Weekly Roundup, 4th May 2020

Weekly Roundup 200504

We begin today’s Weekly Roundup with The Economist, which is predicting a post-Covid 90% economy.

90% Economy


The Economist warned that life after lockdown will be hard.

  • China started to move back towards normal at the end of February and has got about 90% of the way there.

Rides on the metro and on domestic flights are down by a third. Discretionary consumer spending, on such things as restaurants, has fallen by 40% and hotel stays are a third of normal. Unemployment is at around 20%.

Unlocking is a drawn-out process, with many unknowns.

  • Even if governments relax restrictions, consumers may stay away.

Aggregate-spending patterns in Sweden and Denmark over the past months look similarly reduced, even though Denmark has had a pretty strict lockdown while official Swedish provisions have been exceptionally relaxed.

And many businesses will have strained balance sheets and weak demand for their goods and services.

Government schemes will save businesses in the short term, which is welcome. But those designed to preserve jobs risk eventually creating zombie firms that neither thrive nor go bankrupt, slowing the recycling of labour and capital.

China post Covid

Muddy Waters

Buttonwood looked at the work of the famous activist short-seller Muddy Waters, run by Carson Block.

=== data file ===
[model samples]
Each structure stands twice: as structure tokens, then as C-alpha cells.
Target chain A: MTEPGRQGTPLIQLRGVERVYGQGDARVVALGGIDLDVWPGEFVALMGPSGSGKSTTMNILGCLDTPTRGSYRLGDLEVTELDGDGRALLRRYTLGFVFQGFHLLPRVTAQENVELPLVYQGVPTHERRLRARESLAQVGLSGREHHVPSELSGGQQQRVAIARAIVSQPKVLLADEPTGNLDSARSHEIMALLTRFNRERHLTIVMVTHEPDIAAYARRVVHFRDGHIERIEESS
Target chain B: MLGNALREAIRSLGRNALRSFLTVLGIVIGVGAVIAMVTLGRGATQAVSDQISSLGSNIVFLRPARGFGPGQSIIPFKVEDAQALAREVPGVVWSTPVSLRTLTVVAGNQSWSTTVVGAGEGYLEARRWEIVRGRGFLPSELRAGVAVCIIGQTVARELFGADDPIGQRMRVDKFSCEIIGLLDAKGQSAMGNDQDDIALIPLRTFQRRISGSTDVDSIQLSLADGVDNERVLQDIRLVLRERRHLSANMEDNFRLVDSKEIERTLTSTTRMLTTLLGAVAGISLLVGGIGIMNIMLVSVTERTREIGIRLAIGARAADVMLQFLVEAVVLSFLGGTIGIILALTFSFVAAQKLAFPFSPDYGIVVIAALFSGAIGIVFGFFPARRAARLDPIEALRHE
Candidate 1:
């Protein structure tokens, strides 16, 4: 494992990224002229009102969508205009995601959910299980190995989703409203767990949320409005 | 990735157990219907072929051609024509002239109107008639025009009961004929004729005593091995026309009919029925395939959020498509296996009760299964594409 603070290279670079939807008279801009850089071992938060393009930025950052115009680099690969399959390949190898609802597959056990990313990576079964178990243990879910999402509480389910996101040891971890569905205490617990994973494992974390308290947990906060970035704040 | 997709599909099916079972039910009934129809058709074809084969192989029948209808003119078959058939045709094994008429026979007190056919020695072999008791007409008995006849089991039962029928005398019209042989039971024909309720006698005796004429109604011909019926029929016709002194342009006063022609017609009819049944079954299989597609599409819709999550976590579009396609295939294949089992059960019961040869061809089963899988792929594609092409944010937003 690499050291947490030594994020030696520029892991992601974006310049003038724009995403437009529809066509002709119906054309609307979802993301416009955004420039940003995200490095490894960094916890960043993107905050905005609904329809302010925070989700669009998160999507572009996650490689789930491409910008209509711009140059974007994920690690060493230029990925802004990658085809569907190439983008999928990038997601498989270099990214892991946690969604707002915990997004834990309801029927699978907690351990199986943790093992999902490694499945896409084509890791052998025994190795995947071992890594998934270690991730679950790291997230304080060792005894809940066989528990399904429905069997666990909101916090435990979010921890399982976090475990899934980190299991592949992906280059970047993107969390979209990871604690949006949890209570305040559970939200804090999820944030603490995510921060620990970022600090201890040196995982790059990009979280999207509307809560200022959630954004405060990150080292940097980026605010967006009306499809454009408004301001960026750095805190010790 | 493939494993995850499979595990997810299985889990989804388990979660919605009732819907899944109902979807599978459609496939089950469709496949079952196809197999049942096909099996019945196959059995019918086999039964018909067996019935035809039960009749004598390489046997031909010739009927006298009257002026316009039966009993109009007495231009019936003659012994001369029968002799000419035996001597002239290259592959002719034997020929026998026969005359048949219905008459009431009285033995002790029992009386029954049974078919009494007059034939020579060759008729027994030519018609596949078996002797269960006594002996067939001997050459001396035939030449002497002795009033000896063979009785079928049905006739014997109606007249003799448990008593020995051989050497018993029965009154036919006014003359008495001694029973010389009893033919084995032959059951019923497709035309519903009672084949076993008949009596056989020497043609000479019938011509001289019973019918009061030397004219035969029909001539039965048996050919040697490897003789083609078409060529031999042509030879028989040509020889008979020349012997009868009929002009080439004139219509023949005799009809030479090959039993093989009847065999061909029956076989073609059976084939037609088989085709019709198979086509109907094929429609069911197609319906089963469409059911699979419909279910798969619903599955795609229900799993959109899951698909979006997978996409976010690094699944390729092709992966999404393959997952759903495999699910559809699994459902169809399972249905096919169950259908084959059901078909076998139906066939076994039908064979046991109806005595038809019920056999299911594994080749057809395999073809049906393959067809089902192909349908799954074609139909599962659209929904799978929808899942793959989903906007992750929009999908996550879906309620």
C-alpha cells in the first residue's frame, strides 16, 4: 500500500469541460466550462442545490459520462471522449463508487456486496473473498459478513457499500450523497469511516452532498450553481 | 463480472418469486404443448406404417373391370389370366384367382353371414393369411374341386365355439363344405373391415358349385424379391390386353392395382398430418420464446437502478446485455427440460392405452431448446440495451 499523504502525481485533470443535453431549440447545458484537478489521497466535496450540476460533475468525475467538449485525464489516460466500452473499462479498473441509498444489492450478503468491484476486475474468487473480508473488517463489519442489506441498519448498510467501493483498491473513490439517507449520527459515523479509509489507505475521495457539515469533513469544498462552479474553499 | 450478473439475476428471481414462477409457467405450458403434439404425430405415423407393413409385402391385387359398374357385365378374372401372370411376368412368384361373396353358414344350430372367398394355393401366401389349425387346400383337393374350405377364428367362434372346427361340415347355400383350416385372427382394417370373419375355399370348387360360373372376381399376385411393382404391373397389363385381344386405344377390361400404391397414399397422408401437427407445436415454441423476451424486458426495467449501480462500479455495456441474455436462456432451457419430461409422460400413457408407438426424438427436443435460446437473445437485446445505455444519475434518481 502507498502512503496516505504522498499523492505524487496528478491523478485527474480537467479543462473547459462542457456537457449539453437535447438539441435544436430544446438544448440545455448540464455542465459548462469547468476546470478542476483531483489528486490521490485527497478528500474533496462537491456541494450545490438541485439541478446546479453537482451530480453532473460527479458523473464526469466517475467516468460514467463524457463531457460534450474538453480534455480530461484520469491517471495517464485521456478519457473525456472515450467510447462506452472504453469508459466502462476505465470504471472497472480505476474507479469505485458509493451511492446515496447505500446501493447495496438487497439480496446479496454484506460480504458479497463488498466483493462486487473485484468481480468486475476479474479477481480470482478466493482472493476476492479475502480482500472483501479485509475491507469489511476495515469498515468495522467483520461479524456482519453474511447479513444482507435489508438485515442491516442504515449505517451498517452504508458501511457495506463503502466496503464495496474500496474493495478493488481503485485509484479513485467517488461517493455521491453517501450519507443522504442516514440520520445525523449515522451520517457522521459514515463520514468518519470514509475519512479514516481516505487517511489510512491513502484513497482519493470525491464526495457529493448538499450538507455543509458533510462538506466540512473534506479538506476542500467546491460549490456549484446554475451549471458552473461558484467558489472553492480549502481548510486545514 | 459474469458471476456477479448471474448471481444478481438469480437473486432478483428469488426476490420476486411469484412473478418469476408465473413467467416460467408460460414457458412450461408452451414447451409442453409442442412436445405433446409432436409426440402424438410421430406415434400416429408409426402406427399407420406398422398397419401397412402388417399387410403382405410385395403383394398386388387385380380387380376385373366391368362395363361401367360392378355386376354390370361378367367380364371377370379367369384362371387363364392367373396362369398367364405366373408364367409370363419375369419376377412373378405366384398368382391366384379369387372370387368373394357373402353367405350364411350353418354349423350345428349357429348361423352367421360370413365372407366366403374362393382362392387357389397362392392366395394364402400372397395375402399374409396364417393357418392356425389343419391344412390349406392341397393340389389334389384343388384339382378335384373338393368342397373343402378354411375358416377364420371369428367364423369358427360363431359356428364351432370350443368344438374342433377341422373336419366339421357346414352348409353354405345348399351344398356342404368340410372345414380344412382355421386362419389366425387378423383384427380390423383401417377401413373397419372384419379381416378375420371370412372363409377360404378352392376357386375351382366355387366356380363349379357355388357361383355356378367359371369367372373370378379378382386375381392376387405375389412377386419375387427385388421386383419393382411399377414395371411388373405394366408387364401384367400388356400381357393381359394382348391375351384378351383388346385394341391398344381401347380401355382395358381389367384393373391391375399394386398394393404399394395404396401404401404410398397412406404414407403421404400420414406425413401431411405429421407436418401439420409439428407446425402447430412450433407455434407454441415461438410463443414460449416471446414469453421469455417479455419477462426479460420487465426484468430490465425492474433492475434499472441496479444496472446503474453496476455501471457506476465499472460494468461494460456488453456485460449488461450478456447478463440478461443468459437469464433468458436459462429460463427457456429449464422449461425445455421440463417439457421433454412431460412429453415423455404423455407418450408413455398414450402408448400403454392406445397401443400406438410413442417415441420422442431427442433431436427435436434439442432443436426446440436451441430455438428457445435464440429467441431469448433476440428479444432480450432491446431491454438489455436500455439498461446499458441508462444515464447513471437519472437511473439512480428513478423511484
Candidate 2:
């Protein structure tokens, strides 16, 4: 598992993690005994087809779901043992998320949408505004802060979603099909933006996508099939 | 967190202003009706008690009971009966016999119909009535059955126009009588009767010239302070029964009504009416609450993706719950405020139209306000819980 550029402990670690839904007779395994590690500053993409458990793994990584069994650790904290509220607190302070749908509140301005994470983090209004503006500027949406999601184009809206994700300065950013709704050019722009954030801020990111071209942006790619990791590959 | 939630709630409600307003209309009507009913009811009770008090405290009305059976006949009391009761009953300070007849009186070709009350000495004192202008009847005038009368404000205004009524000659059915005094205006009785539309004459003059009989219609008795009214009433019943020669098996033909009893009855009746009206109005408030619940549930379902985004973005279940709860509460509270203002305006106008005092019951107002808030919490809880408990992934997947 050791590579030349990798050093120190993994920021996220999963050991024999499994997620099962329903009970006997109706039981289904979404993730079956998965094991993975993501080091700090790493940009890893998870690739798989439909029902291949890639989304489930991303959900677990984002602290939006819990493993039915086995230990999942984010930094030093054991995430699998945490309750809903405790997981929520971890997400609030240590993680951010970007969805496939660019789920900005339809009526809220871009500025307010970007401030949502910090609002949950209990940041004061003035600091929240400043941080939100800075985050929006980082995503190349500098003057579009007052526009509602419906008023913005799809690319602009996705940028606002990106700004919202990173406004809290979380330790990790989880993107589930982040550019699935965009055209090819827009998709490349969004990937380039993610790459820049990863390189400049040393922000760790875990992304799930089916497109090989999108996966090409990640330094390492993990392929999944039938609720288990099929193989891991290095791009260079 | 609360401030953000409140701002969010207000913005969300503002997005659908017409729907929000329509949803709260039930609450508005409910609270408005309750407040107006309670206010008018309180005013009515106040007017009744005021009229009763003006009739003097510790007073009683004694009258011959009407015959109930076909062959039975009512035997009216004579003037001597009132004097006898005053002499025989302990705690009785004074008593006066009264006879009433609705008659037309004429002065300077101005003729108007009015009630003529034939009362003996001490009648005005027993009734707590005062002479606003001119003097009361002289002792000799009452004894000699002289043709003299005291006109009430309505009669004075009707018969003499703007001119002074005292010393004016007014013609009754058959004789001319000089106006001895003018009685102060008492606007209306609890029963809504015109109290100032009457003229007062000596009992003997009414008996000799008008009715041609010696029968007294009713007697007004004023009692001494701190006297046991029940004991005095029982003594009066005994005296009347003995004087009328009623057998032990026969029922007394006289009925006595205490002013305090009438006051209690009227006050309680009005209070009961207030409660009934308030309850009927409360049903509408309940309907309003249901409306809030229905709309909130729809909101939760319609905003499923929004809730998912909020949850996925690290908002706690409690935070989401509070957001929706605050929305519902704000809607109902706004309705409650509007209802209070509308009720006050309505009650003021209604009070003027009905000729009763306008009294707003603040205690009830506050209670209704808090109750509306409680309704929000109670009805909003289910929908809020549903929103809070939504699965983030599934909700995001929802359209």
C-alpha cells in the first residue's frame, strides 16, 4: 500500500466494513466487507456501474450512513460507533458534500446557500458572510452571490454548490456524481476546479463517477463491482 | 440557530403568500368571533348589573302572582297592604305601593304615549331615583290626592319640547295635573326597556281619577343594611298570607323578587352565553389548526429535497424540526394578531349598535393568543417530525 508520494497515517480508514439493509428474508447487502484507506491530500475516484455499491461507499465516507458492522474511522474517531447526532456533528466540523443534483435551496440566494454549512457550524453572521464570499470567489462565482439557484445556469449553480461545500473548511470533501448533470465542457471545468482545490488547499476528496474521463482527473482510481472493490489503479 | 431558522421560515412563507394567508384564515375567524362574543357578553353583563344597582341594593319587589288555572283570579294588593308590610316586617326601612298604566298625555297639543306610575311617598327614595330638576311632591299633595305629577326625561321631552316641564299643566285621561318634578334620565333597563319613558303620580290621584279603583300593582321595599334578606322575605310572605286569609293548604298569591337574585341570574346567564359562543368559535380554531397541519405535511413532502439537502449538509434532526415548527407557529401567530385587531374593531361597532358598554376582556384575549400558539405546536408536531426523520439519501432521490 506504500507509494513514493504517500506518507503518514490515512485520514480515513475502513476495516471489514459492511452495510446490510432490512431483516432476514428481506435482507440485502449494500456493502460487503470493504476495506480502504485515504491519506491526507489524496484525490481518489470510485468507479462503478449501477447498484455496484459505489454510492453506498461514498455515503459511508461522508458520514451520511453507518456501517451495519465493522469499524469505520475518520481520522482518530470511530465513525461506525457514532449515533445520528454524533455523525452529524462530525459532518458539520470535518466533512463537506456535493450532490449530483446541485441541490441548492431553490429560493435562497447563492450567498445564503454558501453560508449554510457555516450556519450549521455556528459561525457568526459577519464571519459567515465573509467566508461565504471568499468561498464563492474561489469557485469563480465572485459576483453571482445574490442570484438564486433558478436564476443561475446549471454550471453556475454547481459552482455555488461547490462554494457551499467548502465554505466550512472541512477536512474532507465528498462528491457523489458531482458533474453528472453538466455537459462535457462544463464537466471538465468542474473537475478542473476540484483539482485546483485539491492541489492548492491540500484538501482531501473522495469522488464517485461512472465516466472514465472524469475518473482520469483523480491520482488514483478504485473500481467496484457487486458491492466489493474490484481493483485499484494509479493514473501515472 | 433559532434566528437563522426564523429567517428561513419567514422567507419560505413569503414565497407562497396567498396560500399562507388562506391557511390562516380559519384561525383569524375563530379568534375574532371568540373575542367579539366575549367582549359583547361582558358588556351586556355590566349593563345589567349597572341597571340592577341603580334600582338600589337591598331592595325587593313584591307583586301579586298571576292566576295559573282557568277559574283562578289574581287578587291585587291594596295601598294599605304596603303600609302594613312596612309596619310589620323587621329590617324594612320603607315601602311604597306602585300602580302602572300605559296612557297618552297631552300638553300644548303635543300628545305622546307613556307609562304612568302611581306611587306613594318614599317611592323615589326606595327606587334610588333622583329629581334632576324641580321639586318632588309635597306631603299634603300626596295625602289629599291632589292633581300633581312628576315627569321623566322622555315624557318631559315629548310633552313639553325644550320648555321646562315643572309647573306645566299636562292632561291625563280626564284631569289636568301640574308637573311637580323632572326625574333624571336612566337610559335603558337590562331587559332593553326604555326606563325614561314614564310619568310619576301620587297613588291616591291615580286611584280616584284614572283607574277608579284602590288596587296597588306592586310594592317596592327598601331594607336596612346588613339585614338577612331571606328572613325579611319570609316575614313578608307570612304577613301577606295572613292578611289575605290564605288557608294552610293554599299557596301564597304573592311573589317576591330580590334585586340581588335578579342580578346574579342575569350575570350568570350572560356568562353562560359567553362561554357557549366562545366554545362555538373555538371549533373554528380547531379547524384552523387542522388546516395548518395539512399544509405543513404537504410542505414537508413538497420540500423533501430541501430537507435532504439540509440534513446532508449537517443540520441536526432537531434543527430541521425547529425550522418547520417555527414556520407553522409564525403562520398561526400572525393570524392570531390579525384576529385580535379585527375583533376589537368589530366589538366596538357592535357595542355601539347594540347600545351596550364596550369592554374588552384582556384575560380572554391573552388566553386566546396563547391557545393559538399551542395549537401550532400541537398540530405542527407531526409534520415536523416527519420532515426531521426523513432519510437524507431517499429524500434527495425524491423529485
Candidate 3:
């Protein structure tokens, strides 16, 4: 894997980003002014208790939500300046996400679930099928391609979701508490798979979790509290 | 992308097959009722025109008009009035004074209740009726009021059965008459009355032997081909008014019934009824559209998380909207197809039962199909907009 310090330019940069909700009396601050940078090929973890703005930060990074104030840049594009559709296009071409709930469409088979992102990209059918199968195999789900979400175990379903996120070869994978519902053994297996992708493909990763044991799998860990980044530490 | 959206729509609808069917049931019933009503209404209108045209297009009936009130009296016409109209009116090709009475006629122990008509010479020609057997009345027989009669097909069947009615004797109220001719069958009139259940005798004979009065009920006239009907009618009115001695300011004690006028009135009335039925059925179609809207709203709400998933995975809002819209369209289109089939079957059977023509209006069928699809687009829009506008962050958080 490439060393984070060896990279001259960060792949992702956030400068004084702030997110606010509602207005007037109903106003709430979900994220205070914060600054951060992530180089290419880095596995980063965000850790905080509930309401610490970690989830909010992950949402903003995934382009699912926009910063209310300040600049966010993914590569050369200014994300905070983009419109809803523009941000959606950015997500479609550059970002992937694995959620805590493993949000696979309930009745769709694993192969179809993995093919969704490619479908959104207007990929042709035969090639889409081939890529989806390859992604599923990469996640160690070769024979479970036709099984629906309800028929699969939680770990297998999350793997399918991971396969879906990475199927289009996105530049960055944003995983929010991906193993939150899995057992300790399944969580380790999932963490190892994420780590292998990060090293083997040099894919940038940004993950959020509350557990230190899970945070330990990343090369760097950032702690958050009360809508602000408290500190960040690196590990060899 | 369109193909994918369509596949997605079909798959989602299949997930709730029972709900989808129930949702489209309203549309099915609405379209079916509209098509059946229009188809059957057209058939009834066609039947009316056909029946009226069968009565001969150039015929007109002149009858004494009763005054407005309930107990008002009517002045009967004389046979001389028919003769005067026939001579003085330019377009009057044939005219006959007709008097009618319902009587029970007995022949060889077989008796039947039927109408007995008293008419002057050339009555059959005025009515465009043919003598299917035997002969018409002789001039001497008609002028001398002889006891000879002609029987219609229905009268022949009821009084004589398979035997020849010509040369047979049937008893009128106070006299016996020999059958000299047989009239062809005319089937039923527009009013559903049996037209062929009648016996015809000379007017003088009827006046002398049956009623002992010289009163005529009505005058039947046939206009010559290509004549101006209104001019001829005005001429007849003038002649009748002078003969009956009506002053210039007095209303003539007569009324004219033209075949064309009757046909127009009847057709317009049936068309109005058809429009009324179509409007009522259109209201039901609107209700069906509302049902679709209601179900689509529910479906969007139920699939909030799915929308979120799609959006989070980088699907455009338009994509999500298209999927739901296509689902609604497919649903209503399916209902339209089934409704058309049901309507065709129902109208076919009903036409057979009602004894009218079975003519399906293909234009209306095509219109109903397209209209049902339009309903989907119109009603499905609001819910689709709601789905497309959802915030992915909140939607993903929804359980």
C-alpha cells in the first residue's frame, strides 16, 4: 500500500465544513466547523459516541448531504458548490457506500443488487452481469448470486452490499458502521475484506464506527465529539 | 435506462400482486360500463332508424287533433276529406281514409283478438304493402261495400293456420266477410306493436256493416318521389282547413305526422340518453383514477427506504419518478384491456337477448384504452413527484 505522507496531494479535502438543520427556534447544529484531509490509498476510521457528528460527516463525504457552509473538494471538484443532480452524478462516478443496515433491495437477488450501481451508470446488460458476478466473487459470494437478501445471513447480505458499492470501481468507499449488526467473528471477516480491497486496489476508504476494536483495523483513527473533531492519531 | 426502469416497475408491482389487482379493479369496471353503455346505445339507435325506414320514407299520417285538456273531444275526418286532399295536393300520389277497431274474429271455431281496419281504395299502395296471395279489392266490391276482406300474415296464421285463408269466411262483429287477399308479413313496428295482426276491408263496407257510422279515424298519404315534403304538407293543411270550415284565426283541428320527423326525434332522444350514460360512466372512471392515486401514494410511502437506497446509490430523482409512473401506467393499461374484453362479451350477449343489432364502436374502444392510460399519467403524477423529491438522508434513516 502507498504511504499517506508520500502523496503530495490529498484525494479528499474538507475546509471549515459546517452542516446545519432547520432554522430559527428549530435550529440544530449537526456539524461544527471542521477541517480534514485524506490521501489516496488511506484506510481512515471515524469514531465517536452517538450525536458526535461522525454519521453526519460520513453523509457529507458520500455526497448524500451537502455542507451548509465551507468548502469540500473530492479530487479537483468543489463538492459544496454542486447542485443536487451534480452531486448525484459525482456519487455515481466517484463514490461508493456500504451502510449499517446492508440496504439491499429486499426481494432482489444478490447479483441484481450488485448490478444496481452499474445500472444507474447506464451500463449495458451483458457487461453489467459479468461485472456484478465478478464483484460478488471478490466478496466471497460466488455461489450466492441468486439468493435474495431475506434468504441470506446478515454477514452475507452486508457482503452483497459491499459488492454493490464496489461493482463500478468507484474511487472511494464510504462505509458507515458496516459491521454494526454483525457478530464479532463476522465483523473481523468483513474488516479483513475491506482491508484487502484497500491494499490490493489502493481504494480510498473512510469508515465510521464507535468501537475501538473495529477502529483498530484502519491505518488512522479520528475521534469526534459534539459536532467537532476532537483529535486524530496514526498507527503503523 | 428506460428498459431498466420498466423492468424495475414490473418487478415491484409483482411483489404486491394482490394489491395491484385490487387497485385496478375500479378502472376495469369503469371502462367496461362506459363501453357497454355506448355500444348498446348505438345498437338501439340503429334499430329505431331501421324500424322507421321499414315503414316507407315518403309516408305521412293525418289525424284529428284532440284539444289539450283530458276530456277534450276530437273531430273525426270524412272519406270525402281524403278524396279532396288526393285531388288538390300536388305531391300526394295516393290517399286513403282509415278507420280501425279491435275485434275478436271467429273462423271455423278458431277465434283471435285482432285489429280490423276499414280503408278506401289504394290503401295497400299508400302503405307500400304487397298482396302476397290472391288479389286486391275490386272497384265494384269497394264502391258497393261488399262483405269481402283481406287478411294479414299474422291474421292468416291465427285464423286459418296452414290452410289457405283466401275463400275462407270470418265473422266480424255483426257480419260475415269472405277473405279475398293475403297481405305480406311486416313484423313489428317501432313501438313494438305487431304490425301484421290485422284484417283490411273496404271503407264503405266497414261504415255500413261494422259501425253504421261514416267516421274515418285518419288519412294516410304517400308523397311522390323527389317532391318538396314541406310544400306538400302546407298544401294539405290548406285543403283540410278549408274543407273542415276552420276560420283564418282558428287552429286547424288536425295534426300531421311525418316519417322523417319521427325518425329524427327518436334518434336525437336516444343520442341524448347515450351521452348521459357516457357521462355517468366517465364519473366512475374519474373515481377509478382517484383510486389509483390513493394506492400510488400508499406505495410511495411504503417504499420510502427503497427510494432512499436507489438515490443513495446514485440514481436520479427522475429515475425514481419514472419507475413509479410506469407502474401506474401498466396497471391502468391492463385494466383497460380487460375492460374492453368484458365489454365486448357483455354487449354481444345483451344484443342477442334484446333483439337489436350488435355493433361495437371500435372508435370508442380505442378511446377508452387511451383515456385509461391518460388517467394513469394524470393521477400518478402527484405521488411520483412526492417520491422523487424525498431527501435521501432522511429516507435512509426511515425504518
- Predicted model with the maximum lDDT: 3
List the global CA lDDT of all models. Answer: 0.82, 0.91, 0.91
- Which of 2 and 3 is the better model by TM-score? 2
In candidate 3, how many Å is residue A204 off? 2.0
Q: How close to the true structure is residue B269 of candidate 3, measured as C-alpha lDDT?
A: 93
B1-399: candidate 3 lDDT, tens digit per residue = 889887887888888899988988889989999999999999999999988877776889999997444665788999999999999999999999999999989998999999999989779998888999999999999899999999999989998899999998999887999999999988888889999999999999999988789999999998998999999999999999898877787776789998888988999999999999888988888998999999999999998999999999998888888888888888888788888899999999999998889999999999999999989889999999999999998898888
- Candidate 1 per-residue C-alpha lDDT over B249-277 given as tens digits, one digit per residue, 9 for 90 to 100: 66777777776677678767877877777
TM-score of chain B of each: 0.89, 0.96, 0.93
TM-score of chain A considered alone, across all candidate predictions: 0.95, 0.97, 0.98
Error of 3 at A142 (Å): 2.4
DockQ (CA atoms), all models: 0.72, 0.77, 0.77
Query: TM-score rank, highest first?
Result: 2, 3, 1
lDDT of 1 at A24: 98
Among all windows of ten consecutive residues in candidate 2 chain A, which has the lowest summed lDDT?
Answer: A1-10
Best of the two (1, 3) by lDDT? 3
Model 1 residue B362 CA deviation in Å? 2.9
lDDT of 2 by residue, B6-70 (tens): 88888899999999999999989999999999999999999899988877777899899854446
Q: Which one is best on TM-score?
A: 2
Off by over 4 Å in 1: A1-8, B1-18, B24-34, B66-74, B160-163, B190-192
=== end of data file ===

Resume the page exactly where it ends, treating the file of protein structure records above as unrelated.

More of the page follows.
The stock of covert embezzlement – “the bezzle” – grows during booms [and] peaks just as boom turns to bust. For short-sellers, these are the good times.

The firm’s name comes from a Chinese proverb – muddy waters make it easy to catch fish – and initially, the company specialised in Chinese scams.

There are common elements to frauds:

One is a breach between earnings as defined by Generally Accepted Accounting Principles (GAAP) and non-GAAP measures. Another is an increase in “days payable outstanding”. Firms with dressed-up earnings also tend to pile on debt because they lack strong underlying cashflow.

Acquisitions are also an issue:

Aligning the accounts of acquirer and acquired gives ample scope for fiddling.

Melissa Dell

Melissa Dell

Melissa Dell has been awarded the John Bates Clark Medal.

  • This is given each year by the American Economic Association to the best economist under 40.

Dell studied the “mita” system in Peru and Bolivia, which co-opted indigenous men to work in silver and mercury mines.

  • It operated between 1573 and 1812.

Centuries on, families living just inside mita areas consume 25% less than those just outside them, are less educated and rely more on subsistence farming.

Outside of the mita areas, men worked on haciendas (privately-owned agricultural estates.

  • These areas had more investment in public infrastructure and offered protection from bandits to the poor.

Yet more evidence that state control is not a good idea.

Dell has also looked at the positive effects of colonialism:

Indonesian villages closer to Dutch sugar factories are today richer than those further away.